Clippers Games Minutes WP48 Wins Produced
Chris Paul 70 2335 0.348 16.94
Blake Griffin 80 2598 0.178 9.66
DeAndre Jordan 82 2010 0.197 8.23
Matt Barnes 80 2058 0.166 7.13
Eric Bledsoe 76 1553 0.151 4.89
Lamar Odom 82 1616 0.107 3.60
Jamal Crawford 76 2230 0.065 3.04
Willie Green 72 1188 0.081 2.01
Caron Butler 78 1879 0.029 1.15
Chauncey Billups 22 418 0.111 0.97
Ronny Turiaf 65 701 0.061 0.89
Ryan Hollins 60 663 0.033 0.46
Maalik Wayns 6 37 0.073 0.06
Travis Leslie 0 0 0.000 0.00
Trey Thompkins 0 0 0.000 0.00
DaJuan Summers 2 7 -0.288 -0.04
Grant Hill 29 437 -0.030 -0.27
The most productive player on the Clippers – the person most responsible for this team becoming a contender – is Chris Paul. Not only did Paul lead the Clippers, he was third in the NBA in Wins Produced (behind LeBron James and Kevin Durant).
Paul, though, was not a one-man team. The Clippers also received above average production (average is 0.100 WP48) from Griffin, Jordan, Barnes, Bledsoe, Odom, and Billups. The production of Barnes, Bledsoe, and Odom is especially important since this trio only combined to produced 0.3 wins last year (this is what Bledsoe did in 2011-12, Barnes and Odom were not with the Clippers last year). So it is the addition of Barnes and Odom – and the improved play of Bledsoe – that really made a difference this year.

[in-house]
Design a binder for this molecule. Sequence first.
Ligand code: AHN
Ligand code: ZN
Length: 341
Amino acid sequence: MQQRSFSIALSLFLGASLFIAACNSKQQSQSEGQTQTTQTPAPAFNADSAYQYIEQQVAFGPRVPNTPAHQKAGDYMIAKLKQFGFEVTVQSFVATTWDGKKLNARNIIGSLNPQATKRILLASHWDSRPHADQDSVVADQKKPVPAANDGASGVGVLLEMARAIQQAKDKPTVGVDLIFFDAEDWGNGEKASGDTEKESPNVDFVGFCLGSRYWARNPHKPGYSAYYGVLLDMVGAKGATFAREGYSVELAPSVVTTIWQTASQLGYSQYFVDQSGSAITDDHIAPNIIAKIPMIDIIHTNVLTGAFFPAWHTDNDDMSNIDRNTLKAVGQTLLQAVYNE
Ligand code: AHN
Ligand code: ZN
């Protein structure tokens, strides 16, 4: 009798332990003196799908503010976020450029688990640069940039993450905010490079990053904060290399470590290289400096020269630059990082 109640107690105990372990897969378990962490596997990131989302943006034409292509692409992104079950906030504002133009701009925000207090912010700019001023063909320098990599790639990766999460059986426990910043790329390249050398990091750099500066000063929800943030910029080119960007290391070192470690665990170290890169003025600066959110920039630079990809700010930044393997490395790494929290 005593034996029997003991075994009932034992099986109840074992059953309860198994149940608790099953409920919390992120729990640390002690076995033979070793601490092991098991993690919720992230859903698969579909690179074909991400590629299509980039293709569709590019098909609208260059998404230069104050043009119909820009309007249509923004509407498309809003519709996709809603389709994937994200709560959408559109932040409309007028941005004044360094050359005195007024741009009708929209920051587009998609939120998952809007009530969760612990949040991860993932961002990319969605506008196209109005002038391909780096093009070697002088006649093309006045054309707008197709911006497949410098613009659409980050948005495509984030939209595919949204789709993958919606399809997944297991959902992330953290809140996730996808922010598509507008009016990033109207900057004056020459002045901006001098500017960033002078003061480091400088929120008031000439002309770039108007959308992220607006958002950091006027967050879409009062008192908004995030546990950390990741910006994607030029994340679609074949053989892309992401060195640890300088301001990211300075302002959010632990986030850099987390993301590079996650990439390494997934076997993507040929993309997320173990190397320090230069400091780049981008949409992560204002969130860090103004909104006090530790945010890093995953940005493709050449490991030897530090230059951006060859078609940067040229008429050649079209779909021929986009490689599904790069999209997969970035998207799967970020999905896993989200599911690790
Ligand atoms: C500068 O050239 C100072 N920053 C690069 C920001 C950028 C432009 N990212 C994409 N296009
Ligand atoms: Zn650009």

For the Grizzlies we see the following:
Grizzlies Games Minutes WP48 Wins Produced
Mike Conley 80 2757 0.195 11.20
Marc Gasol 80 2796 0.176 10.23
Zach Randolph 76 2607 0.161 8.75
Tony Allen 79 2109 0.169 7.42
Jerryd Bayless 80 1765 0.096 3.52
Quincy Pondexter 59 1243 0.130 3.35
Ed Davis 36 544 0.239 2.71
Tayshaun Prince 37 1174 0.089 2.17
Rudy Gay 42 1541 0.035 1.11
Marreese Speights 40 579 0.087 1.05
Wayne Ellington 40 676 0.055 0.78
Austin Daye 31 328 0.090 0.62
Jon Leuer 19 96 0.217 0.43
Chris Johnson 8 102 0.116 0.25
Keyon Dooling 7 82 0.058 0.10
Donte Greene 0 0 0.000 0.00
Willie Reed 0 0 0.000 0.00